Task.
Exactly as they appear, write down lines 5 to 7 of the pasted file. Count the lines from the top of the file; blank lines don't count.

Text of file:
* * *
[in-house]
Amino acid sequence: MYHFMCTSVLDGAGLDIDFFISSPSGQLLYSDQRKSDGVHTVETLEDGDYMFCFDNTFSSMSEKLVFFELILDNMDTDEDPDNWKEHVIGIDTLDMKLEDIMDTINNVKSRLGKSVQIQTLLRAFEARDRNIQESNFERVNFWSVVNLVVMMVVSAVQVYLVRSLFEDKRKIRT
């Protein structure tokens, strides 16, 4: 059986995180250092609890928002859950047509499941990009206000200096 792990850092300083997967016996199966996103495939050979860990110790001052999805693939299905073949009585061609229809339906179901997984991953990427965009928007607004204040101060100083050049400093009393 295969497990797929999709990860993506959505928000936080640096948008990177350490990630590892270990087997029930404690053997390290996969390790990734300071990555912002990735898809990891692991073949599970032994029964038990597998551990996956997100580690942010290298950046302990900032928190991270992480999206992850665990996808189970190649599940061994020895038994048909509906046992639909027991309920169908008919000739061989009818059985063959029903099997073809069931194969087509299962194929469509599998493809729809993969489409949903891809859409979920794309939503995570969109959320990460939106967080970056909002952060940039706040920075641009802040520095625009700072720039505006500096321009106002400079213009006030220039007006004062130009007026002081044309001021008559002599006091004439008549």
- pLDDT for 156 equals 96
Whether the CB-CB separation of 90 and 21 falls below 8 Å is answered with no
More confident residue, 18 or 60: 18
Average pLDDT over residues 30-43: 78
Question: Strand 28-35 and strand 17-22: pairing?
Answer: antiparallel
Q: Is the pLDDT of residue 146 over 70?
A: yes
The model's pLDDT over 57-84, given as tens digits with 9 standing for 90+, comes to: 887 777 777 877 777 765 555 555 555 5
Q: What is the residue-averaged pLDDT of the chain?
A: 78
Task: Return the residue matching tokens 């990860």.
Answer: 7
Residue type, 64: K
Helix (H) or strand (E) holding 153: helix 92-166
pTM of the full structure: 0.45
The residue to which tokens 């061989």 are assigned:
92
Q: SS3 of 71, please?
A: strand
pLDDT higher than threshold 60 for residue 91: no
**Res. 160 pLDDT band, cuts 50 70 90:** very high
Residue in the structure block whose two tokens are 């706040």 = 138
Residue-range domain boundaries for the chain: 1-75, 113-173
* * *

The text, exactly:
Whether the CB-CB separation of 90 and 21 falls below 8 Å is answered with no
More confident residue, 18 or 60: 18
Average pLDDT over residues 30-43: 78